S. cerevisiae is a common environmental fungus and transient component of the normal flora of the gastrointestinal tract and skin, however it is not normally considered to be a pathogen. Most often it is found in areas where fermentation can occur, such as the on the surface of fruit, storage cellars and on the equipment used during the fermentation process. It is believed that it was first discovered on the skins of grapes.
Colonies are white to cream coloured, smooth, glabrous and yeast-like in appearance. Microscopic morphology shows large, globose to ellipsoidal budding yeast-like cells.
S. cerevisiae is famously known for its role in food production. It is the critical component in the fermentation process that converts sugar into alcohol. It is also used in the baking process as a leavening agent; yeast releasing gas into their environment results in the spongy-like texture of breads and cakes.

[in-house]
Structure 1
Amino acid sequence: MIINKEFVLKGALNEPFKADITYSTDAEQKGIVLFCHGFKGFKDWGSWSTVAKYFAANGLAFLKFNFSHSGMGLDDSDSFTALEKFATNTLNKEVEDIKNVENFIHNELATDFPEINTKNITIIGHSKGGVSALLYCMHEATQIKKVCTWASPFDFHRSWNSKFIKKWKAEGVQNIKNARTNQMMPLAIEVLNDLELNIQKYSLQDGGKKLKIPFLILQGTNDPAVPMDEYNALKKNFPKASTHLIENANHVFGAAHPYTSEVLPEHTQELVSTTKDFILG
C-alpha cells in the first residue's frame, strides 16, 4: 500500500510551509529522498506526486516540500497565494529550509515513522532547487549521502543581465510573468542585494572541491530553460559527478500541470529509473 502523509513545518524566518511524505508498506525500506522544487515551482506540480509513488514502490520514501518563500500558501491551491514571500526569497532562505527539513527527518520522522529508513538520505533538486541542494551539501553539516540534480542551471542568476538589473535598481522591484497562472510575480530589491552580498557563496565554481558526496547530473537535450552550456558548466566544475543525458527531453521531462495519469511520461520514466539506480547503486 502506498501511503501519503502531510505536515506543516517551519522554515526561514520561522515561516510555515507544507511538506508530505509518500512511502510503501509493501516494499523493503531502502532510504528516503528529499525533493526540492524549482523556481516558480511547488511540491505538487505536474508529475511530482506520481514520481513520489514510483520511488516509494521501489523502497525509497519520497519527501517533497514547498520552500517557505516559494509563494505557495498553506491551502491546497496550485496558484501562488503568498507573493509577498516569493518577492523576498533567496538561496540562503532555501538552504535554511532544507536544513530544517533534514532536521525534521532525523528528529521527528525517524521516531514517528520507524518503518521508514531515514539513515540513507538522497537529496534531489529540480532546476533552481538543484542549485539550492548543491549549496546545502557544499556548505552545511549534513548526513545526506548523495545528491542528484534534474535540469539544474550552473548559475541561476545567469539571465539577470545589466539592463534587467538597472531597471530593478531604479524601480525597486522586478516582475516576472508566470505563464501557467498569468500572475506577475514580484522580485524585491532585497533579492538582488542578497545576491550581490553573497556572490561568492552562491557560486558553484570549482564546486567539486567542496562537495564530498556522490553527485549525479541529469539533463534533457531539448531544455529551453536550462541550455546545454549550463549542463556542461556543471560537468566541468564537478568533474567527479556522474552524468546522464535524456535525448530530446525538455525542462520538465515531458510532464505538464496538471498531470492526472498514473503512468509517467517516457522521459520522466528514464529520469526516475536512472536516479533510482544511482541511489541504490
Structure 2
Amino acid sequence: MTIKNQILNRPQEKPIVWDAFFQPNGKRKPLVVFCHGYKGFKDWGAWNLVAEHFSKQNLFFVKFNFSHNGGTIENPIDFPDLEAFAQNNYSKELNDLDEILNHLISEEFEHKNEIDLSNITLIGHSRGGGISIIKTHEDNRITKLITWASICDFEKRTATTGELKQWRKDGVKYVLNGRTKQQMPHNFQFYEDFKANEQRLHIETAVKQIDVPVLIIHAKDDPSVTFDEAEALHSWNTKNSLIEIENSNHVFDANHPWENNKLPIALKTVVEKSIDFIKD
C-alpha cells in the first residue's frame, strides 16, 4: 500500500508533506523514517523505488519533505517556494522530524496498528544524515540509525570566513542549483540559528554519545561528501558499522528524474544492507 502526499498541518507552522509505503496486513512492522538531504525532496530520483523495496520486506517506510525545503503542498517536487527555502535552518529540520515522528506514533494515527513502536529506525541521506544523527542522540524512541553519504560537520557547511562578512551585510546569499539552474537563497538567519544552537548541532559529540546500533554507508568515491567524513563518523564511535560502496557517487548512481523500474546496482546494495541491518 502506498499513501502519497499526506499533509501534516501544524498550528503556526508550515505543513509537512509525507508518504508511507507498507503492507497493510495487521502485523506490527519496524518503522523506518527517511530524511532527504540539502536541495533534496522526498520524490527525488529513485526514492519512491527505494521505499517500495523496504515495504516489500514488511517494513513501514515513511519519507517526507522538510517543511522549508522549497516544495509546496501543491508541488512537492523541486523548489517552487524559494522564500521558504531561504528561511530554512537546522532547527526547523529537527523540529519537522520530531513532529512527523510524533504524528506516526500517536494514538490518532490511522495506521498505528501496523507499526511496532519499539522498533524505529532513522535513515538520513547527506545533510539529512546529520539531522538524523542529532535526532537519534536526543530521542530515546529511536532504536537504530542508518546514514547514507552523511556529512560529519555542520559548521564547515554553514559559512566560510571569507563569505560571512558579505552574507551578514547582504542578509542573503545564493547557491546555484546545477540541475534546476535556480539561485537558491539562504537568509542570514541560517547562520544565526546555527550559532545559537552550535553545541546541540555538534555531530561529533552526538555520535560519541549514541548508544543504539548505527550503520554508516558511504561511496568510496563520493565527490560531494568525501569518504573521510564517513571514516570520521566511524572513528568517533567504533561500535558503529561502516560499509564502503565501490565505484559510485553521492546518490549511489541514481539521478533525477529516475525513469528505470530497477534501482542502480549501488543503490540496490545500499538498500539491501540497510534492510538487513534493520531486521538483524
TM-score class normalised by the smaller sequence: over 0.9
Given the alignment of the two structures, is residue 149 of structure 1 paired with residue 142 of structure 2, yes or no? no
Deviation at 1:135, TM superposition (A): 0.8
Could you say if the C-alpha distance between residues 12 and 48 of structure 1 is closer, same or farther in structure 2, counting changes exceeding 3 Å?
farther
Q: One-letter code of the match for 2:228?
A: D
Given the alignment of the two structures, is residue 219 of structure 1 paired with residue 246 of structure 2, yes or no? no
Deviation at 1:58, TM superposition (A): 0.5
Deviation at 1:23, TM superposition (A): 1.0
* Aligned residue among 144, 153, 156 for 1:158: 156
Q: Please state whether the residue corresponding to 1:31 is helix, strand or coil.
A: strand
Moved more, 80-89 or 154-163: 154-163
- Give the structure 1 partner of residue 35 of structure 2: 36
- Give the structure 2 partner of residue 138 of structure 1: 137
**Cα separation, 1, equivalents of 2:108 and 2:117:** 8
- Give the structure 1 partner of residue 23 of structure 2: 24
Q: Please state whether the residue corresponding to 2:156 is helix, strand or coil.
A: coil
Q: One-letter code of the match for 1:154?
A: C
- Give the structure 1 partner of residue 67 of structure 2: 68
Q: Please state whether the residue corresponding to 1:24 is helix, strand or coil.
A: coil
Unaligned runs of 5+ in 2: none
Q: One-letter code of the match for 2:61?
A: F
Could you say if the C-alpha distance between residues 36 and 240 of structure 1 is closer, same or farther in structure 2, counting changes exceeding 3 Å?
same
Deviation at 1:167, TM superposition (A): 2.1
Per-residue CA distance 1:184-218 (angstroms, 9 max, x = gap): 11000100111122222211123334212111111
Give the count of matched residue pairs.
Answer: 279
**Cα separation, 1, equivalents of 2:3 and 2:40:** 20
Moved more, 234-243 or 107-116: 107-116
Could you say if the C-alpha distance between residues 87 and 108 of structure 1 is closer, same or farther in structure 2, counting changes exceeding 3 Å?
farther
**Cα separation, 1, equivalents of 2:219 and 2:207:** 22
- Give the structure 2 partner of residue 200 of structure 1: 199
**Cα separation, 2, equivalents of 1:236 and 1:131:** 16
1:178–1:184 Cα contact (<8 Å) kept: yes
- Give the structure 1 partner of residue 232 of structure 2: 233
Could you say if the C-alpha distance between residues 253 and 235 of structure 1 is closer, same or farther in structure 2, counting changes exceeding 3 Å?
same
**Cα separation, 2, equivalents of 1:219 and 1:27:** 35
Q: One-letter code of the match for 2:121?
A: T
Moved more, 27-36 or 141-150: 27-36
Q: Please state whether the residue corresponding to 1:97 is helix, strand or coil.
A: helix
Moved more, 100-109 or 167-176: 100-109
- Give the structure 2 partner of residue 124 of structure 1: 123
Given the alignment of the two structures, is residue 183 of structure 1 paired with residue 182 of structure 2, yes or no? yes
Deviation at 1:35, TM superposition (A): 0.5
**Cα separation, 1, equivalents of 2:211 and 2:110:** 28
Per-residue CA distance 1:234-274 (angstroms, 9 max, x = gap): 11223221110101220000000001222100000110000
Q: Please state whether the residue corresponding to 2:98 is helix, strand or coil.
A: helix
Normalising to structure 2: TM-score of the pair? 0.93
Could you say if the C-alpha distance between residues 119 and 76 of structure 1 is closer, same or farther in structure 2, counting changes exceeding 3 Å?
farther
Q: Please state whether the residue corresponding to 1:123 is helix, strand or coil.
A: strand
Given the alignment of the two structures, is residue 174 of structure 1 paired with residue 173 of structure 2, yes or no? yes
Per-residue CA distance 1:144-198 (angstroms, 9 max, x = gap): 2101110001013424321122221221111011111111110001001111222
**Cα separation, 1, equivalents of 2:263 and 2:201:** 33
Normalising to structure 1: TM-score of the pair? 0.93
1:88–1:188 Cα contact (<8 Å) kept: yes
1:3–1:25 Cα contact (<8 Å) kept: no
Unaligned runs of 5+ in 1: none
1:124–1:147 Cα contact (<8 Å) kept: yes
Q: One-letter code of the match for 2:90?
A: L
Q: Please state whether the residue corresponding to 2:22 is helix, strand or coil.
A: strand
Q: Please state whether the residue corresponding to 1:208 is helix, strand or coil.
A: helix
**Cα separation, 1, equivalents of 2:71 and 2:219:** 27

It is one of the most intensively studied eukaryotic model organisms in molecular and cell biology, much like Escherichia coli as the model bacterium. Its big advantage is that it is both a unicellular and eukaryotic organism. Another advantage is its fast growth grate. On a normal yeast medium, it takes 90 minutes for the yeast population to double and colonies are usually visible 2-3 days after placing them on fresh medium.
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Microbiology Safety Considerations.This guide for Australian schools is made available through the courtesy of the author, S K Hoffmann.
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Bacterial and Fungi Cultures Note(new window, 0.1M, pdf format)